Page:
'Starting in the mid-1960s, a group of Korean artists began to push paint, soak canvas, drag pencils, rip paper, and otherwise manipulate the materials of painting in ways that prompted critics to describe their actions as “methods” rather than artworks. A crucial artistic movement of twentieth-century Korea, Tansaekhwa (monochromatic painting) also became one of its most famous and successful. Promoted in Seoul, Tokyo, and Paris, Tansaekhwa grew to be the international face of contemporary Korean art and a cornerstone of contemporary Asian art.

In this full-color, richly illustrated account—the first of its kind in English—Joan Kee provides a fresh interpretation of the movement’s emergence and meaning that sheds new light on the history of abstraction, twentieth-century Asian art, and contemporary art in general. Combining close readings, archival research, and interviews with leading Tansaekhwa artists, Kee focuses on an essential but often overlooked dimension of the movement: how artists made a case for abstraction as a way for viewers to engage productively with the world and its systems. As Kee shows, artists such as Lee Ufan, Park Seobo, Kwon Young-woo, Yun Hyongkeun, and Ha Chonghyun urgently stressed certain fundamentals, recognizing that overwhelming forces such as decolonization, authoritarianism, and the rise of a new postwar internationalism could be approached through highly individual experiences that challenged viewers to consider how they understood their world rather than why.'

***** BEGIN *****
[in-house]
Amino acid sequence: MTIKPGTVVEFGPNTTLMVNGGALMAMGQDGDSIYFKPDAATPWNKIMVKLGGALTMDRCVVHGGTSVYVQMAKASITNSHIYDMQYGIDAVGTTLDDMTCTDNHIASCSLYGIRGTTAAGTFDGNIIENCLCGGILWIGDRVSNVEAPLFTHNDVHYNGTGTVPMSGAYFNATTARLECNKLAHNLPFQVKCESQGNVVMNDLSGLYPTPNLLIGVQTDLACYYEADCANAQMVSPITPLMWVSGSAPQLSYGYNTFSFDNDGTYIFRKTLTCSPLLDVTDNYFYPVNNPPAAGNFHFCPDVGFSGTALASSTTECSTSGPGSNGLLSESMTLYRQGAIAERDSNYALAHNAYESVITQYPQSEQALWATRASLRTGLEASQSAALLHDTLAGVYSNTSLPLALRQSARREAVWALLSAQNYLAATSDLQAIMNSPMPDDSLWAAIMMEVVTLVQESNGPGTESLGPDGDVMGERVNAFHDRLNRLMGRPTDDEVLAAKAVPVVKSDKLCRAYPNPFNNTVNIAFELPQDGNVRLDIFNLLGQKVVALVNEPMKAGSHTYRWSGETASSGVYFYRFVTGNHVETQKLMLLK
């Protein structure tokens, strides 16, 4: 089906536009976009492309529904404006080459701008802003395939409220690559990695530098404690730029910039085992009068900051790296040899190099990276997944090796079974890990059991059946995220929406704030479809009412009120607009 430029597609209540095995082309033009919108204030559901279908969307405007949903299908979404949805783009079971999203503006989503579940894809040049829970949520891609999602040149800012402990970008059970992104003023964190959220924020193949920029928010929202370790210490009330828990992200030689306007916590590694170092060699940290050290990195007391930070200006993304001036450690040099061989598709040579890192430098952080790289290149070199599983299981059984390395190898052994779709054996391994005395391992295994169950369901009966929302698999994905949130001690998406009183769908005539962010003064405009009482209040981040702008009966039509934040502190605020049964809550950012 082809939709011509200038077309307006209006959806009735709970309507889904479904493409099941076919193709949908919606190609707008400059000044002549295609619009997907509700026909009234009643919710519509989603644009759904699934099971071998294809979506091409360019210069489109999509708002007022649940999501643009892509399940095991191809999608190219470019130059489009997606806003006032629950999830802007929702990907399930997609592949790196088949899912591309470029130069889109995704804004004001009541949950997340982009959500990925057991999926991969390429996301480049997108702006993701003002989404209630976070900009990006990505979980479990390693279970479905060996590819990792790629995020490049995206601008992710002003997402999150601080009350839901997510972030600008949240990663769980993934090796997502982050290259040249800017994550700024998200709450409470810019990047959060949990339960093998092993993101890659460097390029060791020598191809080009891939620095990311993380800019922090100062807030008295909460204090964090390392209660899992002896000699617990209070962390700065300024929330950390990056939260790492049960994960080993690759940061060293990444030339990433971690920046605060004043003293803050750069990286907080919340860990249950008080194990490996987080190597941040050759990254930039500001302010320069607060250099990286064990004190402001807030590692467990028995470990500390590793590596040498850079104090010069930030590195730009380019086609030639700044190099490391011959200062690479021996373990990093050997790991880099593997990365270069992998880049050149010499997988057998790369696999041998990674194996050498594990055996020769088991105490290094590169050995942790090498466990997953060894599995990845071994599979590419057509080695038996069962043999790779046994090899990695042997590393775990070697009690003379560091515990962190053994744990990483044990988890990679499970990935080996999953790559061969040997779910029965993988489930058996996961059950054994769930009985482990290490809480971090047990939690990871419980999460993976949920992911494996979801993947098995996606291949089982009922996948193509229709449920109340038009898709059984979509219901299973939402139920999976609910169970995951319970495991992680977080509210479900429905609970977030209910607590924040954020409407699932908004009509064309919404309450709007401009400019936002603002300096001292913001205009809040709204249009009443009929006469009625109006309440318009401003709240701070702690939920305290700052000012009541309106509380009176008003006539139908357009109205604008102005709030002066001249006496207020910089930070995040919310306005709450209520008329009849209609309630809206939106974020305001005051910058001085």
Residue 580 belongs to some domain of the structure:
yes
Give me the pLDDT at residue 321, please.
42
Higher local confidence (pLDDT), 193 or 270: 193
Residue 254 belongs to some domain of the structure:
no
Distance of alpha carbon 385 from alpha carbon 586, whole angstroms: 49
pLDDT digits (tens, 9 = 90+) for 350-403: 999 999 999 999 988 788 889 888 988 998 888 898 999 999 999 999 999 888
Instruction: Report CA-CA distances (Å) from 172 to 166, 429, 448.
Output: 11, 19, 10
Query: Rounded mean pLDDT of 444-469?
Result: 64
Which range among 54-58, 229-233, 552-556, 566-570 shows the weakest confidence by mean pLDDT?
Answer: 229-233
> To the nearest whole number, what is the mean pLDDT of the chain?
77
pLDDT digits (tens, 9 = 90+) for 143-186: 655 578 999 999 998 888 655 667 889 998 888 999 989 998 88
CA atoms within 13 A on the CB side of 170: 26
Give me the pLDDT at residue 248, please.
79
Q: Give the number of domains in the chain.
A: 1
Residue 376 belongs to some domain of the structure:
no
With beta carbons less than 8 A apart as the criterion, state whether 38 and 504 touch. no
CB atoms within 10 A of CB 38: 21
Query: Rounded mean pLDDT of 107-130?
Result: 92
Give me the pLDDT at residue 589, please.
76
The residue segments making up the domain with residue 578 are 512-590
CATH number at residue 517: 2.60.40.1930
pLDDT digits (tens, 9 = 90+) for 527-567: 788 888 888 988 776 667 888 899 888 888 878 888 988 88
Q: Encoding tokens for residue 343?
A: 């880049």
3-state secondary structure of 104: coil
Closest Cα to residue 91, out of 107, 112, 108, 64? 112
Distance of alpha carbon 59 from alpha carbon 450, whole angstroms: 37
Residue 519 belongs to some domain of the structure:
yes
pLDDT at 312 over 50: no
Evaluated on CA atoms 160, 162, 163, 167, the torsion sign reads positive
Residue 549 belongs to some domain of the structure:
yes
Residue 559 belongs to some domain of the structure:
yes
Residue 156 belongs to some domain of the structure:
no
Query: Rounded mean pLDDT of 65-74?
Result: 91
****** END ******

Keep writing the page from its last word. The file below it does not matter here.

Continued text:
(back cover of the book)

Access level

Onsite

Location code REF.KEJ3
Language

English

Publication/Creation date

2013

No of pages

348

ISBN / ISSN

9780816679881

No of copies

1

Content type

monograph

Chapter headings
Introduction: The Urgency of Method
Kwon Young-woo and Yun Hyongkeun Rethink Painting
Rates of Exchange in Ha Chonghyun's Conjunction
Encountering Lee Ufan in Korea and Japan
Reading Park Seobo's Ecriture in Authoritarian Korea
Tansaekhwa and the Idealization of Asian Art
The Contextualist Predicament
Contemporary Korean Art: Tansaekhwa and the Urgency of Method
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Contemporary Korean Art: Tansaekhwa and the Urgency of Method

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